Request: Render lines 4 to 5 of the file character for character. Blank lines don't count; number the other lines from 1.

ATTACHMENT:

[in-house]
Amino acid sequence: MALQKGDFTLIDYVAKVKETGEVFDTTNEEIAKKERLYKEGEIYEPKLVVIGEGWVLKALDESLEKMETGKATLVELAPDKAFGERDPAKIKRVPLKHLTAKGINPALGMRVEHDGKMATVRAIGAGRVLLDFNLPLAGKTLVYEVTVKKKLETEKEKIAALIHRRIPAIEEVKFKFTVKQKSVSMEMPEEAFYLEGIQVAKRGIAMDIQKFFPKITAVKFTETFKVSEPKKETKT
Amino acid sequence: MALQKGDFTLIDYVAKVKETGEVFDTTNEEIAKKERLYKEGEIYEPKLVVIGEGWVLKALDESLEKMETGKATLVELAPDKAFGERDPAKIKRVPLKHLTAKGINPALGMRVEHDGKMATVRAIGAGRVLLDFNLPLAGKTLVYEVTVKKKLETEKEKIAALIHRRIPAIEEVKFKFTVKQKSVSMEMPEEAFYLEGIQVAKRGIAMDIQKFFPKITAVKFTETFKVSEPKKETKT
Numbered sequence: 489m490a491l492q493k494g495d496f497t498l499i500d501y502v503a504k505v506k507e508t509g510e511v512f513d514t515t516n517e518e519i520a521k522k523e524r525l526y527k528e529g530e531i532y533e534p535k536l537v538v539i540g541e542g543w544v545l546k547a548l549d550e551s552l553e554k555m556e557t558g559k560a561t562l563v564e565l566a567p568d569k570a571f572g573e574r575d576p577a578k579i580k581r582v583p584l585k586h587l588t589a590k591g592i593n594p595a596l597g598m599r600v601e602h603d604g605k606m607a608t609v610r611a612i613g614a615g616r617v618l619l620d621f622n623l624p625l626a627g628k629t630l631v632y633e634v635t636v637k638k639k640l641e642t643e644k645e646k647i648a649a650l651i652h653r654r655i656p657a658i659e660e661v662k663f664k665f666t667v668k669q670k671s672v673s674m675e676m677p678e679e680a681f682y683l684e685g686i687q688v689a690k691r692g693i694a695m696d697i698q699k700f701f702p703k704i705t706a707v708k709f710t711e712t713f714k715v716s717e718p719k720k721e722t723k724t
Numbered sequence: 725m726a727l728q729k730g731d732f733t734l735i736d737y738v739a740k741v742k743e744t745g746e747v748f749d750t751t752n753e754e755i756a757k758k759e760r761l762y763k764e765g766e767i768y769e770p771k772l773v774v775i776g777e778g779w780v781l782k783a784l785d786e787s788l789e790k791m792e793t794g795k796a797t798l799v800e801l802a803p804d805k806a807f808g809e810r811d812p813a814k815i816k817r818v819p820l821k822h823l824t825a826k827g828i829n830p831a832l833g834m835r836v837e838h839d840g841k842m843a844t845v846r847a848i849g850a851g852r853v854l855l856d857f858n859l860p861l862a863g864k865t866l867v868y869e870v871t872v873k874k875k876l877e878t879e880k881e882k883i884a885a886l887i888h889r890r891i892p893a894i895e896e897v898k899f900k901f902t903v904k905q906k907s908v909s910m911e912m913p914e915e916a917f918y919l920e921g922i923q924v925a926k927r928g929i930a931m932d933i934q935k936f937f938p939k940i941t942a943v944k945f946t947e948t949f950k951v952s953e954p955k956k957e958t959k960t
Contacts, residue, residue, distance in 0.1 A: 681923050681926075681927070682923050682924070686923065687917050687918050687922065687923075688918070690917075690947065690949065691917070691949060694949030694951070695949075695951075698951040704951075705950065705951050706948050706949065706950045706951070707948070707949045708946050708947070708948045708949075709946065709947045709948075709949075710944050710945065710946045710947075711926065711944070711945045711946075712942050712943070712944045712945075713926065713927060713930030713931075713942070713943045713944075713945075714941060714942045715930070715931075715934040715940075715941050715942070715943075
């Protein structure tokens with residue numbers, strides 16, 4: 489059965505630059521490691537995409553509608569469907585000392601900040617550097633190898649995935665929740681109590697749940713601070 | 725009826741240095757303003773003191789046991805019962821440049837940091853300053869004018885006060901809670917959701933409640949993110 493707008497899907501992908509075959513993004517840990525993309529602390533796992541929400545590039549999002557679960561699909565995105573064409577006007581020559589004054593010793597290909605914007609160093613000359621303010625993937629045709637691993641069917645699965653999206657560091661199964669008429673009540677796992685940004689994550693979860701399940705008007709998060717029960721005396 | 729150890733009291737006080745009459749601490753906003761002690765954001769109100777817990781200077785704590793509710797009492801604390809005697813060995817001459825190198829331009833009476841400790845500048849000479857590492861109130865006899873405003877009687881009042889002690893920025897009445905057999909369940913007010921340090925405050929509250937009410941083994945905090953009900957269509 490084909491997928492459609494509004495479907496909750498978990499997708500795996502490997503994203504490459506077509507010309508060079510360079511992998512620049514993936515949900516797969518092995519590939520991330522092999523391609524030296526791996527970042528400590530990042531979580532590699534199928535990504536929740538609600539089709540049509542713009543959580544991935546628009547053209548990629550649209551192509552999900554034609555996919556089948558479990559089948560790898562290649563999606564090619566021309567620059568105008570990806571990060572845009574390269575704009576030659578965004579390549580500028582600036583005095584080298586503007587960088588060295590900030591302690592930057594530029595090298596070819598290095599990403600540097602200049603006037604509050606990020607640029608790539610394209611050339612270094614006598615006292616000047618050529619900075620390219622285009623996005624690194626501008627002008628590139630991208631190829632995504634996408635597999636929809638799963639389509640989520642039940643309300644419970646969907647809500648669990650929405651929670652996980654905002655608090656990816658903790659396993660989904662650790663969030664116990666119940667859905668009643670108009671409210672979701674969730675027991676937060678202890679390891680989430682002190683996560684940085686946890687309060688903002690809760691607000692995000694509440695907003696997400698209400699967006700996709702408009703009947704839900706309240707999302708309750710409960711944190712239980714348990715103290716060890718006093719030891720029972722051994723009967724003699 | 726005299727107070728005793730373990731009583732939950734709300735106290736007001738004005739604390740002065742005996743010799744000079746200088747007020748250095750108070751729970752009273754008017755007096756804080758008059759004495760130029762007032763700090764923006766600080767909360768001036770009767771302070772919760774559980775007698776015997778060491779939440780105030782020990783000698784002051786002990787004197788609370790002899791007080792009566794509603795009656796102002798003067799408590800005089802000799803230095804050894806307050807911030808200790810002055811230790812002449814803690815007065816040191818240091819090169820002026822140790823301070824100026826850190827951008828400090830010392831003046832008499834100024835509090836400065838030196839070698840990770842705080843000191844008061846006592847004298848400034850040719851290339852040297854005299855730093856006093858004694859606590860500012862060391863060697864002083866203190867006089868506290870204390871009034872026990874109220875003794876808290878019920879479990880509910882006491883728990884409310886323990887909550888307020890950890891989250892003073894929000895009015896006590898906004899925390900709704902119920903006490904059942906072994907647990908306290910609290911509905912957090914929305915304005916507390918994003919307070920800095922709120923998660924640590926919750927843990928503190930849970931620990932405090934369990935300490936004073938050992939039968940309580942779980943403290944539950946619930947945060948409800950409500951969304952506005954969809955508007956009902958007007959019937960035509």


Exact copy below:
Numbered sequence: 489m490a491l492q493k494g495d496f497t498l499i500d501y502v503a504k505v506k507e508t509g510e511v512f513d514t515t516n517e518e519i520a521k522k523e524r525l526y527k528e529g530e531i532y533e534p535k536l537v538v539i540g541e542g543w544v545l546k547a548l549d550e551s552l553e554k555m556e557t558g559k560a561t562l563v564e565l566a567p568d569k570a571f572g573e574r575d576p577a578k579i580k581r582v583p584l585k586h587l588t589a590k591g592i593n594p595a596l597g598m599r600v601e602h603d604g605k606m607a608t609v610r611a612i613g614a615g616r617v618l619l620d621f622n623l624p625l626a627g628k629t630l631v632y633e634v635t636v637k638k639k640l641e642t643e644k645e646k647i648a649a650l651i652h653r654r655i656p657a658i659e660e661v662k663f664k665f666t667v668k669q670k671s672v673s674m675e676m677p678e679e680a681f682y683l684e685g686i687q688v689a690k691r692g693i694a695m696d697i698q699k700f701f702p703k704i705t706a707v708k709f710t711e712t713f714k715v716s717e718p719k720k721e722t723k724t
Numbered sequence: 725m726a727l728q729k730g731d732f733t734l735i736d737y738v739a740k741v742k743e744t745g746e747v748f749d750t751t752n753e754e755i756a757k758k759e760r761l762y763k764e765g766e767i768y769e770p771k772l773v774v775i776g777e778g779w780v781l782k783a784l785d786e787s788l789e790k791m792e793t794g795k796a797t798l799v800e801l802a803p804d805k806a807f808g809e810r811d812p813a814k815i816k817r818v819p820l821k822h823l824t825a826k827g828i829n830p831a832l833g834m835r836v837e838h839d840g841k842m843a844t845v846r847a848i849g850a851g852r853v854l855l856d857f858n859l860p861l862a863g864k865t866l867v868y869e870v871t872v873k874k875k876l877e878t879e880k881e882k883i884a885a886l887i888h889r890r891i892p893a894i895e896e897v898k899f900k901f902t903v904k905q906k907s908v909s910m911e912m913p914e915e916a917f918y919l920e921g922i923q924v925a926k927r928g929i930a931m932d933i934q935k936f937f938p939k940i941t942a943v944k945f946t947e948t949f950k951v952s953e954p955k956k957e958t959k960t